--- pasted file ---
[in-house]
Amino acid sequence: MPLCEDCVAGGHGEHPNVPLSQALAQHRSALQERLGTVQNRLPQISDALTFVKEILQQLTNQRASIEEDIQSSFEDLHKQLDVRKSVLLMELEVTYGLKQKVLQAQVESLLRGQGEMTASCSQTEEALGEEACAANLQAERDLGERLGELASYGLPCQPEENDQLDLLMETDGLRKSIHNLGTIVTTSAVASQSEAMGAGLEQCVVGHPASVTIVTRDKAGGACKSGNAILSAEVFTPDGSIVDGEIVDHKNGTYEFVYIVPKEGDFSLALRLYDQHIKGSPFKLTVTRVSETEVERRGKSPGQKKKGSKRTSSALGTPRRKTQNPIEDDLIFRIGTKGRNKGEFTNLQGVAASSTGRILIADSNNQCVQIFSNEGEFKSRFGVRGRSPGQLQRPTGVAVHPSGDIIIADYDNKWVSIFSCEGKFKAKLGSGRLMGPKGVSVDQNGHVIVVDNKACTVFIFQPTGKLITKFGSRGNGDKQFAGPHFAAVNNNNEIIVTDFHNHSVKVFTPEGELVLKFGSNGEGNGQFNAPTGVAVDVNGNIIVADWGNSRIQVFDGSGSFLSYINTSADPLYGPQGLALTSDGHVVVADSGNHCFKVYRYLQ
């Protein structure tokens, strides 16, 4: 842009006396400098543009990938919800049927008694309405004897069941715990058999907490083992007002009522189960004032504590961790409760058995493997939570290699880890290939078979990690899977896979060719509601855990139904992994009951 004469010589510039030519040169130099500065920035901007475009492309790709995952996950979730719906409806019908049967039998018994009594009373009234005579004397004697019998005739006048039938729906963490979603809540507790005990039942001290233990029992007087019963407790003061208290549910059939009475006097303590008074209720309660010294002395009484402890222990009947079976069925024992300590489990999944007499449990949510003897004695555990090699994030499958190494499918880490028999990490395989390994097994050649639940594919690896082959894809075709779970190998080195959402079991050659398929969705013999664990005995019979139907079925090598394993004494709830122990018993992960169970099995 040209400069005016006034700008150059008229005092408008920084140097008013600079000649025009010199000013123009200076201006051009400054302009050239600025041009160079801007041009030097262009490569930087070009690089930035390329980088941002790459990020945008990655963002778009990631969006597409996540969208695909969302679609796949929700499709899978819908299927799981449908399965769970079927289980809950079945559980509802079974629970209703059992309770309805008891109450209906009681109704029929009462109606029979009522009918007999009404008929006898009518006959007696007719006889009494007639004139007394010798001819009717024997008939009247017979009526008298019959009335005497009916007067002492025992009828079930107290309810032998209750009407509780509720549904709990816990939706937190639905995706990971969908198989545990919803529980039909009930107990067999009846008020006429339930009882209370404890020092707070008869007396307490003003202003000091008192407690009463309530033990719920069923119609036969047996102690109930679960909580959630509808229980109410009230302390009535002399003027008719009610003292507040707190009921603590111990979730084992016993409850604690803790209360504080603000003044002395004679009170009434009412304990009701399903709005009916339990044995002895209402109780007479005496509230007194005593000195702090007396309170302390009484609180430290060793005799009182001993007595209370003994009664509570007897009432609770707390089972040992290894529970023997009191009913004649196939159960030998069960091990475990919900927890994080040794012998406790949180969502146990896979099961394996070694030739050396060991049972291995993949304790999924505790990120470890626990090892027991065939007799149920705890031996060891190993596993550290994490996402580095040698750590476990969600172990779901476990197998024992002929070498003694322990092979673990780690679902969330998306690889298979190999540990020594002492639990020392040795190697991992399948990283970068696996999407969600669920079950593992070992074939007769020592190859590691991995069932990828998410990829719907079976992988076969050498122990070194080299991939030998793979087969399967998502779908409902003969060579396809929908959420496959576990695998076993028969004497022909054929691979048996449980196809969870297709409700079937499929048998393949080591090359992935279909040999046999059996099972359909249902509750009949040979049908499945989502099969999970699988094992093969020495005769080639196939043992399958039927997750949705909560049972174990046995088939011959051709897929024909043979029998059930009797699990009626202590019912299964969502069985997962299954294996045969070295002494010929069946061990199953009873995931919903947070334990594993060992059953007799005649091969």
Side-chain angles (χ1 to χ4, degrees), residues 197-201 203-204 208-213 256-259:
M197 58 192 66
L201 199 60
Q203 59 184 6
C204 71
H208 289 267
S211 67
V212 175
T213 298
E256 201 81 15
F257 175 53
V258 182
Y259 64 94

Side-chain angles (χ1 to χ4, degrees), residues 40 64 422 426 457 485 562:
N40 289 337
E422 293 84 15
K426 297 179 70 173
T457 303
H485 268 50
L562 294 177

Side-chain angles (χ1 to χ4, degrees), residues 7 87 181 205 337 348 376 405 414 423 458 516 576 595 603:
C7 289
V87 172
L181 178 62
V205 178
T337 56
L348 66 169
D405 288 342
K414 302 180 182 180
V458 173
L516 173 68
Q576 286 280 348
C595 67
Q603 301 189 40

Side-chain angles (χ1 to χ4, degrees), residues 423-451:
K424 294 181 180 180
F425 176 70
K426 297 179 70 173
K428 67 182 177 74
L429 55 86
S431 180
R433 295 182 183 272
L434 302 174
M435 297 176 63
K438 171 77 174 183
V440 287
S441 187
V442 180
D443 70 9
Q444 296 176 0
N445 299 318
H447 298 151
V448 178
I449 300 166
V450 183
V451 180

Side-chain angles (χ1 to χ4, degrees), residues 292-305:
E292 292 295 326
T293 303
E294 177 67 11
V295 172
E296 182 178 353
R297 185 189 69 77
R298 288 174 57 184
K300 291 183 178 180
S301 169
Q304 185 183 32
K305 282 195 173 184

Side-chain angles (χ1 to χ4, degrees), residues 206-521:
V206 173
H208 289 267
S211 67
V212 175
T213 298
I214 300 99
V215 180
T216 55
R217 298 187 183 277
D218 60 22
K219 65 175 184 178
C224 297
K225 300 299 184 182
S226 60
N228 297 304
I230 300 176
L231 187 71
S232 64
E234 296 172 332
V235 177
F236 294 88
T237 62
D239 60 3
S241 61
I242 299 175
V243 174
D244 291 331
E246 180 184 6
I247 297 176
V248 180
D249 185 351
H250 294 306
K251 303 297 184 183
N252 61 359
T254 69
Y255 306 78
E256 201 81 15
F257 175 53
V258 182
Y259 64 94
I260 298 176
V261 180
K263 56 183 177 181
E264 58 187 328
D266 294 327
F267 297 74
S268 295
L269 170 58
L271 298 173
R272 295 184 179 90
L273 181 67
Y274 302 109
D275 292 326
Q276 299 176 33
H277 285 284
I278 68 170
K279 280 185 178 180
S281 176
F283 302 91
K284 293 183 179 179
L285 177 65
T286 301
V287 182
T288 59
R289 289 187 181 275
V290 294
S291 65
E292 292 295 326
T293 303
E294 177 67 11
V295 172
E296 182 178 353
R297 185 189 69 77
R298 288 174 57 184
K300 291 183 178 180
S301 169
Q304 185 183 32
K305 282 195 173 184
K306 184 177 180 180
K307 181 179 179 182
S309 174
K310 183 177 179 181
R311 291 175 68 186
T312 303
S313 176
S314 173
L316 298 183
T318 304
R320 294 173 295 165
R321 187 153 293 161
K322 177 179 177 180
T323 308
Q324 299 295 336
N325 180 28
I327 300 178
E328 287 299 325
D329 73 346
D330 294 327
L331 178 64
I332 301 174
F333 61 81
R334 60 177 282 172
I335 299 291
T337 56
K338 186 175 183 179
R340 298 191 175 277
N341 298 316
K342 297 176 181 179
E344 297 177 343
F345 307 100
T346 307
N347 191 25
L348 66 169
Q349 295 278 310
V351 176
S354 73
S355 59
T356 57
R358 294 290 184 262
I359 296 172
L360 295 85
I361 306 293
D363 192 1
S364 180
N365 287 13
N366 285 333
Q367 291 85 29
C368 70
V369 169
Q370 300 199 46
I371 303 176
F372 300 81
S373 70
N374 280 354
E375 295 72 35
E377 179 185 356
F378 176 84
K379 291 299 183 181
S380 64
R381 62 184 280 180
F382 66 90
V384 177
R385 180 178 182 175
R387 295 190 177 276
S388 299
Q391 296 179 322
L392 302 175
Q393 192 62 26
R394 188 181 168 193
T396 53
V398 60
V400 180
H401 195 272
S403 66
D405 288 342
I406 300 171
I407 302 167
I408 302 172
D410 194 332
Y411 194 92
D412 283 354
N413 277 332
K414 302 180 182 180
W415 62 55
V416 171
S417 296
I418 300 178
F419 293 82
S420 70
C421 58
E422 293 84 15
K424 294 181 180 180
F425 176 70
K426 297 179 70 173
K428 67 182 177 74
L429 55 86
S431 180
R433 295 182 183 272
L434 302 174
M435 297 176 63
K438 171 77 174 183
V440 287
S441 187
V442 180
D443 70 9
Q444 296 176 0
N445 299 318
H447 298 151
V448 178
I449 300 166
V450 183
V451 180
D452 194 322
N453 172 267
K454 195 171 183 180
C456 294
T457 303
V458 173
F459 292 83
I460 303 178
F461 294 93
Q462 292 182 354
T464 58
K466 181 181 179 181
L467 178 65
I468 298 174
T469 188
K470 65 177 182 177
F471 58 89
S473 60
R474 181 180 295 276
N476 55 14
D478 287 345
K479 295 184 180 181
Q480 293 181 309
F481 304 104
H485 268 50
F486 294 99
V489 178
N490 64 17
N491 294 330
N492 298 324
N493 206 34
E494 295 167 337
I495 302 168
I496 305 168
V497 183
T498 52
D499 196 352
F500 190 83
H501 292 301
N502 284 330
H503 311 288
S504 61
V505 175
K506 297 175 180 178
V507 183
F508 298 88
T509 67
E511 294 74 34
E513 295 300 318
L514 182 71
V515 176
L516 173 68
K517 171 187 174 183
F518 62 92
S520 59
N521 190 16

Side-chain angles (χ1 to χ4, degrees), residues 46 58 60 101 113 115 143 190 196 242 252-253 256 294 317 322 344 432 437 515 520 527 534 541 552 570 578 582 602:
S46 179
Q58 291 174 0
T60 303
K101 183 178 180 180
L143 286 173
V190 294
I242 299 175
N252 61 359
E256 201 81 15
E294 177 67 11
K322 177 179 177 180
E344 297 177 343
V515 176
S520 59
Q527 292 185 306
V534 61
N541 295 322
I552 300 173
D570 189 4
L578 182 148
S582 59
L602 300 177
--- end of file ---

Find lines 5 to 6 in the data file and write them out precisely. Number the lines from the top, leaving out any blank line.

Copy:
M197 58 192 66
L201 199 60